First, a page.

Czech Justice Minister Jiří Pospíšil (Civic Democrats, ODS) plans to lodge a complaint against the conviction of Roman Smetana, the bus driver from Olomouc who wrote graffiti on political campaign posters but refused to accept his action qualified as a criminal act. Pospíšil’s move comes following public outcry and criticism from the watchdog Czech Helsinki Commission for Human Rights.
“We will put forward the proposal and will leave it to the Supreme Court to consider the option of annulling the punishment as is within the powers of the court,” Pospíšil told the server novinky.cz on Thursday. “[The complaint] is rather of symbolic significance. We’re interested in setting a judicial precedent for the future and for the Supreme Court to say clearly whether drawing on an election campaign poster is a criminal act or just a minor offence,” he added.
Justice Minister spokeswoman Petra Hrubá said that the text of the ministry’s complaint will be made known on Friday.
The complaint could prompt the Supreme Court to release Smetana before actually reviewing the complaint from the Ministry of Justice. “Recently we had a case here in which shortly after receiving a proposal [to review a case] we cancelled the convicted person’s sentence but reviewed the actual complaint two months later,” Supreme Court spokesman Petr Knötig explained to the news servernovinky.cz.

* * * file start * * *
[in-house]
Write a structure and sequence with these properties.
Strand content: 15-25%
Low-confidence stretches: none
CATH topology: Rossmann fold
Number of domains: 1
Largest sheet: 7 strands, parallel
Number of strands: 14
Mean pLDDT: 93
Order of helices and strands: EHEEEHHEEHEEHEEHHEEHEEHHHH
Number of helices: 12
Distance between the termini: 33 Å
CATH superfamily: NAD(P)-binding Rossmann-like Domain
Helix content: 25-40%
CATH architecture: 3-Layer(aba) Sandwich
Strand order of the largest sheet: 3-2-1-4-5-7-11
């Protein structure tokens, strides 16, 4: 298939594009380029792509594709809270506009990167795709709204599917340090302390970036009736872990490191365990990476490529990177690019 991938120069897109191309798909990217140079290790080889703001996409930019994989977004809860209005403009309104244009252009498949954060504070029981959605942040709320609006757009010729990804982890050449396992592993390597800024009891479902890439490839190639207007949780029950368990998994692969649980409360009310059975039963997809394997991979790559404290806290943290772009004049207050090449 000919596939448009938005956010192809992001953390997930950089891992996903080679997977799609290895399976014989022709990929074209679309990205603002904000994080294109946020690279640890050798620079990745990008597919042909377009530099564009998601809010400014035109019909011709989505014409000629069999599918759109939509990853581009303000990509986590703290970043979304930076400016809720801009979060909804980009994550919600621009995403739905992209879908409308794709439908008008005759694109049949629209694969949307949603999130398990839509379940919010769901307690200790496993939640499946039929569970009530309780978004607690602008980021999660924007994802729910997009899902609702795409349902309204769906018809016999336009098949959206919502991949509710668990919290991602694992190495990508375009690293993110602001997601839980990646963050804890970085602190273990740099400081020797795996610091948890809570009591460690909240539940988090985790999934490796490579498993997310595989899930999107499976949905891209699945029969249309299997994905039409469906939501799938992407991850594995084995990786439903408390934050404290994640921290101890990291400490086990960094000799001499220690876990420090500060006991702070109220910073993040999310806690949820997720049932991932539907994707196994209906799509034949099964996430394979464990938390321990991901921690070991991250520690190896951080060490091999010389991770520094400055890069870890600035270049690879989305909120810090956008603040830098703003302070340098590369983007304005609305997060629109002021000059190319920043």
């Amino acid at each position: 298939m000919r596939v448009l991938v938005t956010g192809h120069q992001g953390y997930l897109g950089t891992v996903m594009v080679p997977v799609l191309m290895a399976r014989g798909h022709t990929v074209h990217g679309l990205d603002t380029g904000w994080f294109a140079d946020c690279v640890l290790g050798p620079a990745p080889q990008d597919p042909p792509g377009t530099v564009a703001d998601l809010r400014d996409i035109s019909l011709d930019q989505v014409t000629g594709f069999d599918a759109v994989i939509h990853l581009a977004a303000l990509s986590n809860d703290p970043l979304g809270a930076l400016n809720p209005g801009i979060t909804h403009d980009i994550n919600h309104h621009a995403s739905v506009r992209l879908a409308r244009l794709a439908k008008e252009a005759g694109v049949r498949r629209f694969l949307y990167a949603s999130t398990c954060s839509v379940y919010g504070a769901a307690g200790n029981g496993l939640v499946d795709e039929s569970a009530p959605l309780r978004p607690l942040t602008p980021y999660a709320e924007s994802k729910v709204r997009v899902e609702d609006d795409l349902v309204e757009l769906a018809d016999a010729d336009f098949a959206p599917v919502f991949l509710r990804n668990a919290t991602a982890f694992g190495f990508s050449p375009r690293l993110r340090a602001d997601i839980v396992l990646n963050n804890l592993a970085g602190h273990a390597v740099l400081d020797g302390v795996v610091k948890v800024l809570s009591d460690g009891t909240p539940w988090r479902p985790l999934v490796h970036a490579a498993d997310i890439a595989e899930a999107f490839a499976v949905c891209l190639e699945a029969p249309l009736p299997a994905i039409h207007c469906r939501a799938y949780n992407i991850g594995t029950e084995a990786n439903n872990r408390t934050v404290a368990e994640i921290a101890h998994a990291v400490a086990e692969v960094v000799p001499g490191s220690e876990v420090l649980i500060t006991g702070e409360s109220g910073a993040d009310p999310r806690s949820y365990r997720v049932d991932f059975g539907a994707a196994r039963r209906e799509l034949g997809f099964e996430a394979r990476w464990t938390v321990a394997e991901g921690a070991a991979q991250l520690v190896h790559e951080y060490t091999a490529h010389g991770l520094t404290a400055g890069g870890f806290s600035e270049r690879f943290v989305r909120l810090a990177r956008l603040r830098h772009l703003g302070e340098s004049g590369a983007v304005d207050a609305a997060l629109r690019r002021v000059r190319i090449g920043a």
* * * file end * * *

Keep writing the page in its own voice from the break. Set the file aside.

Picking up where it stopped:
‘We’re interested in setting a judicial precedent for the future and for the Supreme Court to say clearly whether drawing on an election campaign poster is a criminal act or just a minor offence.’
In 2010, 30 year-old Roman Smetana, then a bus driver with the public transport company in Olomouc, northern Moravia, took a pen to some 30 election campaign posters, mostly for the center-right Civic Democrats (ODS) adding derogatory comments and facial features. Smetana was initially ordered by the court in Olomouc to pay a fine and damages. Although he paid a fine for damaging property — as he said to avoid a visit by bailiffs — Smetana refused to fulfill a community service order imposed by the court. When he then refused to adhere to home imprisonment as an alternative punishment he was sentenced to 100 days in jail.
The judge who presided over Smetana’s case and sentenced him was Markéta Langerová, the wife of former interior minister and prominent ODS member Ivan Langer, who was among the politicians Smetana targeted with his pen. The Czech Helsinki Commission for Human Rights singled out this circumstance in a letter expressing concern over the case sent to Justice Minister Pospíšil. The commission also said that Smetana’s act should under no account have been dealt with by the criminal courts.
Smetana did not turn up to prison to serve his term, but following an anti-government demonstration in Prague on April 21 he turned himself in to the police.
Pospíšil told novinky.cz that legal opinion he sought over Smetana’s case was divided as to whether the ministry should lodge a complaint. The Justice Minister added that essentially the case represents a conflict between protecting property and defending rights to political expression.